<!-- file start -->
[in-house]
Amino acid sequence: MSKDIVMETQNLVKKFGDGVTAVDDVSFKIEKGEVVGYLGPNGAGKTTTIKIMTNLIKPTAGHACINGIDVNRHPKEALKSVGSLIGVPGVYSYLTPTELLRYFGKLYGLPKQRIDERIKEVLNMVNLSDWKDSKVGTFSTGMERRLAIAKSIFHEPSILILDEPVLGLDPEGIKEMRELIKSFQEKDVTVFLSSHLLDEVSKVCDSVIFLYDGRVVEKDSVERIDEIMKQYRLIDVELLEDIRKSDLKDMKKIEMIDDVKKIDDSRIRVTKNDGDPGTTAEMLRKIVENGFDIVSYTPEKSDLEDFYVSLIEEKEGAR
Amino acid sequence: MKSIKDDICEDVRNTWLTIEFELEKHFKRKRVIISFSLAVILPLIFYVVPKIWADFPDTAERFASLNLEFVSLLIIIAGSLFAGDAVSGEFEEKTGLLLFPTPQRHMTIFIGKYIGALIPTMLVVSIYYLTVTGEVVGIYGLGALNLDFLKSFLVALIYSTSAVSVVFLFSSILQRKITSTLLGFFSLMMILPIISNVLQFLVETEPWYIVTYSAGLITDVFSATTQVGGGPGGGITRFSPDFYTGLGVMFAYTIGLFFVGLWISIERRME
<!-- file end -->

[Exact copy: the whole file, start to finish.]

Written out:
[in-house]
Amino acid sequence: MSKDIVMETQNLVKKFGDGVTAVDDVSFKIEKGEVVGYLGPNGAGKTTTIKIMTNLIKPTAGHACINGIDVNRHPKEALKSVGSLIGVPGVYSYLTPTELLRYFGKLYGLPKQRIDERIKEVLNMVNLSDWKDSKVGTFSTGMERRLAIAKSIFHEPSILILDEPVLGLDPEGIKEMRELIKSFQEKDVTVFLSSHLLDEVSKVCDSVIFLYDGRVVEKDSVERIDEIMKQYRLIDVELLEDIRKSDLKDMKKIEMIDDVKKIDDSRIRVTKNDGDPGTTAEMLRKIVENGFDIVSYTPEKSDLEDFYVSLIEEKEGAR
Amino acid sequence: MKSIKDDICEDVRNTWLTIEFELEKHFKRKRVIISFSLAVILPLIFYVVPKIWADFPDTAERFASLNLEFVSLLIIIAGSLFAGDAVSGEFEEKTGLLLFPTPQRHMTIFIGKYIGALIPTMLVVSIYYLTVTGEVVGIYGLGALNLDFLKSFLVALIYSTSAVSVVFLFSSILQRKITSTLLGFFSLMMILPIISNVLQFLVETEPWYIVTYSAGLITDVFSATTQVGGGPGGGITRFSPDFYTGLGVMFAYTIGLFFVGLWISIERRME